JonDo sources

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En2.png De2.png  Changelogs and Sources

JonDo Sources

Getting the sources and building JonDo

The sources of JonDo are available in two subversion repositories. The main repository ist hosted by JonDos GmbH. TU Dresden offers a backup repository.

JonDo consists of 4 components:

  1. anonlib: base library for JonDo
    1. Subversion repository hosted by JonDos GmbH: https://svn.jondos.de/svn/anonlib/anonlib/trunk
    2. Subversion repository hosted by TU Dresden: https://anon.inf.tu-dresden.de/svn/anonlib/anonlib/trunk
    3. Browse the sources online at: http://anon.inf.tu-dresden.de/develop/doc/anonlib/
  2. BouncyCastleLightForANON crypto library
    1. Subversion repository hosted by JonDos GmbH: https://svn.jondos.de/svn/BouncyCastleLightForANON/BouncyCastleLightForANON/trunk
    2. Subversion repository hosted by TU Dresden: https://anon.inf.tu-dresden.de/svn/BouncyCastleLightForANON/BouncyCastleLightForANON/trunk
  3. guilib: the GUI library of JonDo
    1. Subversion repository hosted by JonDos GmbH: https://svn.jondos.de/svn/guilib/guilib/trunk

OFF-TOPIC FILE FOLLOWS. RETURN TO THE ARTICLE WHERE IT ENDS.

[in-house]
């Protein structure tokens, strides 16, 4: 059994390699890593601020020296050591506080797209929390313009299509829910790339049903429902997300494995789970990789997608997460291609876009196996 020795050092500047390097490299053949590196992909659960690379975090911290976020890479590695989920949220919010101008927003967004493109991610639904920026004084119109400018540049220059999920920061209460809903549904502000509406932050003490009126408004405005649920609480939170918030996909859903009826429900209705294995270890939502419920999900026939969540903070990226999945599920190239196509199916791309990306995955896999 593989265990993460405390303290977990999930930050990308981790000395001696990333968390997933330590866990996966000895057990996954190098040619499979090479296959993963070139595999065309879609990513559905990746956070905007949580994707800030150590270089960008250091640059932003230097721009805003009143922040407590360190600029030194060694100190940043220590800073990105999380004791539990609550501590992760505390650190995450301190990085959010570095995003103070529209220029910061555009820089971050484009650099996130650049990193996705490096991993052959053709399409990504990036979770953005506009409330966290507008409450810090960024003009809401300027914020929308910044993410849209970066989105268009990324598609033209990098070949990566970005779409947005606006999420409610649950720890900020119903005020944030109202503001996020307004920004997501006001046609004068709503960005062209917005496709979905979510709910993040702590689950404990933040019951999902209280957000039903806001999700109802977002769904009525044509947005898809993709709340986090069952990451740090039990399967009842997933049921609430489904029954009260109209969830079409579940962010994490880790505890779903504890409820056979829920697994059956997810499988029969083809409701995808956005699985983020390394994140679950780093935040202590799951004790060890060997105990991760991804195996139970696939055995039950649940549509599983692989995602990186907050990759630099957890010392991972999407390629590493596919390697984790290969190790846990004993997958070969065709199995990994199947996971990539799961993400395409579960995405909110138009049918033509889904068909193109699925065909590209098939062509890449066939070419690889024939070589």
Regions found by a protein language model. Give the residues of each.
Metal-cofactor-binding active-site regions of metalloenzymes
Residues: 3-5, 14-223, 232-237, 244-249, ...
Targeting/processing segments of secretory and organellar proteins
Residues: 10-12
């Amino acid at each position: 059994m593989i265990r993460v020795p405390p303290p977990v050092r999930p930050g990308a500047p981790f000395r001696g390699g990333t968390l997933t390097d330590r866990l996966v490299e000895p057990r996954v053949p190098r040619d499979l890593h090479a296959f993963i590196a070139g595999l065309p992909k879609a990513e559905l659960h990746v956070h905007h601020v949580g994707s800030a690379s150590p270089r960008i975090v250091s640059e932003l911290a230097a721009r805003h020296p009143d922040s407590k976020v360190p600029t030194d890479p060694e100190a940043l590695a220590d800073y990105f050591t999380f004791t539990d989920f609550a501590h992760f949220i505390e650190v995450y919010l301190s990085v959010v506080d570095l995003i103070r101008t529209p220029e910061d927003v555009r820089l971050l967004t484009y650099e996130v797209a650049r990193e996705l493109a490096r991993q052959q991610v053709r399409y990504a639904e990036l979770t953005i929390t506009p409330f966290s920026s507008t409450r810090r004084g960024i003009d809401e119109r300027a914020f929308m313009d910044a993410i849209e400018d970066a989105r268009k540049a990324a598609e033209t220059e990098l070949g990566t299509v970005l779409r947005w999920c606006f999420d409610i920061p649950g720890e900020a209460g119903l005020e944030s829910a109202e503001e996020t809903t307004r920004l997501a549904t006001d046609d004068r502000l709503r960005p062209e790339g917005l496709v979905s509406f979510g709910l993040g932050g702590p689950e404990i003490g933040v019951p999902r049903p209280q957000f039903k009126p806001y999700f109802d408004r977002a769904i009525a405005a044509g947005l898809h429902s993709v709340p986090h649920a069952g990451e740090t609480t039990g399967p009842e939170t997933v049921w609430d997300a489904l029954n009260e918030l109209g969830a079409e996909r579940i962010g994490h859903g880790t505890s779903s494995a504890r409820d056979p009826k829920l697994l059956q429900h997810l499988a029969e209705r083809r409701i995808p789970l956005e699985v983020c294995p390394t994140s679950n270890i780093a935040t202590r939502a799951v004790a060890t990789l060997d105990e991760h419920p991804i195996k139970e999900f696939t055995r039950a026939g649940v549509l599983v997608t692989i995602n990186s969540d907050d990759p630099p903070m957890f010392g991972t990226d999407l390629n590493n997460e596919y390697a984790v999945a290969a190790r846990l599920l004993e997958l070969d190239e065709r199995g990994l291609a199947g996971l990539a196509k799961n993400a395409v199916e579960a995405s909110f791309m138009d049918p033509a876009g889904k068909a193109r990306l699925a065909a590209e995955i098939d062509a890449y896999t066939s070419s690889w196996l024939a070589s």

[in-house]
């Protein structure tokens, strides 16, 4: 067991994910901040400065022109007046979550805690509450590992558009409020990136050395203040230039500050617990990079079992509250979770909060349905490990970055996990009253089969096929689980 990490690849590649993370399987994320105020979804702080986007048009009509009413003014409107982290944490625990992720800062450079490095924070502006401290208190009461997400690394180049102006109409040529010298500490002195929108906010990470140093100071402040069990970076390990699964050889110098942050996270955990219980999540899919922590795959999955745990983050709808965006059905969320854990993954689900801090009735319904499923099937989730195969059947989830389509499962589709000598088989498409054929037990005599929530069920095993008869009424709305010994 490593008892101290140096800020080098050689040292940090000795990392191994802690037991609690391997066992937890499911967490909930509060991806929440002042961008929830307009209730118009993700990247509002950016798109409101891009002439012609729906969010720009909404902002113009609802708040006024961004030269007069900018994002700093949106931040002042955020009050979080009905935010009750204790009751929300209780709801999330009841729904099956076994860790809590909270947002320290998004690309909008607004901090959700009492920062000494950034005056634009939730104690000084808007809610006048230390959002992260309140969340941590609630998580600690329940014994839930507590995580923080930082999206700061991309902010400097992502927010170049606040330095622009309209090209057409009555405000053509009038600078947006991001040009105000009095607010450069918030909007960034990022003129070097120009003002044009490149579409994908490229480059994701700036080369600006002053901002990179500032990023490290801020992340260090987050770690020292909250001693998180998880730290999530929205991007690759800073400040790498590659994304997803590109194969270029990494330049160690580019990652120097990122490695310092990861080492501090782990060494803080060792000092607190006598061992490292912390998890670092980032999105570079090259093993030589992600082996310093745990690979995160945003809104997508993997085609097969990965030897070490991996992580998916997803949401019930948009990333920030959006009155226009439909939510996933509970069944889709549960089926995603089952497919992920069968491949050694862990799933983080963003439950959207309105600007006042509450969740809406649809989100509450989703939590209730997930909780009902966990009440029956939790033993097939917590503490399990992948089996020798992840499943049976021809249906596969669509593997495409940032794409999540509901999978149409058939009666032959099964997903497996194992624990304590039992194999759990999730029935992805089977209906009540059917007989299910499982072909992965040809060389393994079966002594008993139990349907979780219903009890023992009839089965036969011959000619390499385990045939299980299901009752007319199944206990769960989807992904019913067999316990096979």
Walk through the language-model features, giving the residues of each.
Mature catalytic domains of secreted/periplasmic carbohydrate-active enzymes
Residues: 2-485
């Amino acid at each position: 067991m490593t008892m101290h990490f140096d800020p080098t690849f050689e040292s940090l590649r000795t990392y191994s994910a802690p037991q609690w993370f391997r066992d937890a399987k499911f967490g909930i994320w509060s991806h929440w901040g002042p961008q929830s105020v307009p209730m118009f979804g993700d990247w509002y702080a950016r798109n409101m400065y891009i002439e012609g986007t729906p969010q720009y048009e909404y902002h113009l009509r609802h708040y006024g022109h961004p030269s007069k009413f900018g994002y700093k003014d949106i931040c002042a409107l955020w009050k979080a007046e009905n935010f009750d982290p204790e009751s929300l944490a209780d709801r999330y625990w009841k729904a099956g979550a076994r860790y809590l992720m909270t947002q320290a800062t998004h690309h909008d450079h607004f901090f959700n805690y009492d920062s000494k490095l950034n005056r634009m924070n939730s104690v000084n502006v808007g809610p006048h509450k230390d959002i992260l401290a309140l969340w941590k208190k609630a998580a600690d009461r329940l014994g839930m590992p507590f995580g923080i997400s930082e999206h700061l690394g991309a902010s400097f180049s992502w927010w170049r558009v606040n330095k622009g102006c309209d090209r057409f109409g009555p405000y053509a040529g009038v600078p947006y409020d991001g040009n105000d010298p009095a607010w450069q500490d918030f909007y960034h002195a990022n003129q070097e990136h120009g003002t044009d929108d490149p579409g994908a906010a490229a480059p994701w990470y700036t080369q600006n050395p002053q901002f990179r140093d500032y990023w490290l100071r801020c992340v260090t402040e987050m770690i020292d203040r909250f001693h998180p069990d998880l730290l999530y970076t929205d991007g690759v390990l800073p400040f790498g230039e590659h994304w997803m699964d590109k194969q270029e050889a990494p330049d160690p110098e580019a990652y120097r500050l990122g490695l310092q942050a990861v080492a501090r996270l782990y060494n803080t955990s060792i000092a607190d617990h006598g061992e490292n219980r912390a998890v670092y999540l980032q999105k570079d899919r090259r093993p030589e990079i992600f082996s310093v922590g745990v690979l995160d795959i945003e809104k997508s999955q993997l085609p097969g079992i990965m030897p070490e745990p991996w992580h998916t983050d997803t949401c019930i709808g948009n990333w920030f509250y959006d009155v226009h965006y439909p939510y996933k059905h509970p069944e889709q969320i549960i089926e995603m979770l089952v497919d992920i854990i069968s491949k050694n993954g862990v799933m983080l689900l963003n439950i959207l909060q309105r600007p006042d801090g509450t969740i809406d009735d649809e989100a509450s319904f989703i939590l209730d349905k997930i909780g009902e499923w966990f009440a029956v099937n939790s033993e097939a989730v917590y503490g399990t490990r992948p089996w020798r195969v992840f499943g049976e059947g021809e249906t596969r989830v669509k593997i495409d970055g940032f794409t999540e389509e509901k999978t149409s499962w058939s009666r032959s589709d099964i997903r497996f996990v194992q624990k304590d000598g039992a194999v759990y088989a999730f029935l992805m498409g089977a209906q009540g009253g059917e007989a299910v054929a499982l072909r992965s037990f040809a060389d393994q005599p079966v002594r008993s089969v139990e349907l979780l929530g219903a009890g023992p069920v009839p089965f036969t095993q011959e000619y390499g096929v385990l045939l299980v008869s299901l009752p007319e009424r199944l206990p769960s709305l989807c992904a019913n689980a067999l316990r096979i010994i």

2. Subversion repository hosted by TU Dresden: https://anon.inf.tu-dresden.de/svn/guilib/guilib/trunk
  4. logginglib: library with logging functions
    1. Subversion repository hosted by JonDos GmbH: https://svn.jondos.de/svn/logginglib/logginglib/trunk
    2. Subversion repository hosted by TU Dresden: https://anon.inf.tu-dresden.de/svn/logginglib/logginglib/trunk
  5. JonDoController A generic Java controller for the JonDonym client functions.
    1. Subversion repository hosted by JonDos GmbH: https://svn.jondos.de/svn/jondocontroller/JonDoController/trunk
    2. Subversion repository hosted by TU Dresden: https://anon.inf.tu-dresden.de/svn/jondocontroller/JonDoController/trunk
    3. Browse the sources and dokumentation online at: https://anonymous-proxy-servers.net/wiki/jondocontroller/doc/
  6. JonDoConsole The GUI-less JonDo program for the command line.
    1. Subversion repository hosted by JonDos GmbH: https://svn.jondos.de/svn/jondoconsole/JonDoConsole/trunk
    2. Subversion repository hosted by TU Dresden: https://anon.inf.tu-dresden.de/svn/jondoconsole/JonDoConsole/trunk
  7. JAP: the JonDo application
    1. Subversion repository hosted by JonDos GmbH: https://svn.jondos.de/svn/Jap/Jap/trunk
    2. Subversion repository hosted by TU Dresden: https://anon.inf.tu-dresden.de/svn/Jap/Jap/trunk
    3. Browse the sources online at: http://anon.inf.tu-dresden.de/develop/doc/jap/

The SSL certificates of the repositories are self signed. SHA1 fingerprint for the certificate of the repository provided by JonDos GmbH is:

93:82:7d:96:6a:bf:0e:72:88:d2:90:6d:af:e1:a4:e1:11:00:67:7b

A Java-JDK (Sun-Java6 or OpenJDK6) and the tools ant and maven2 are needed to build JonDo. It is only required to check out JAP (client with GUI) or JonDoConsole (GUI-less client). All required Java libraries will be downloaded and compiled by the build tool maven2.

 cd JAP/trunk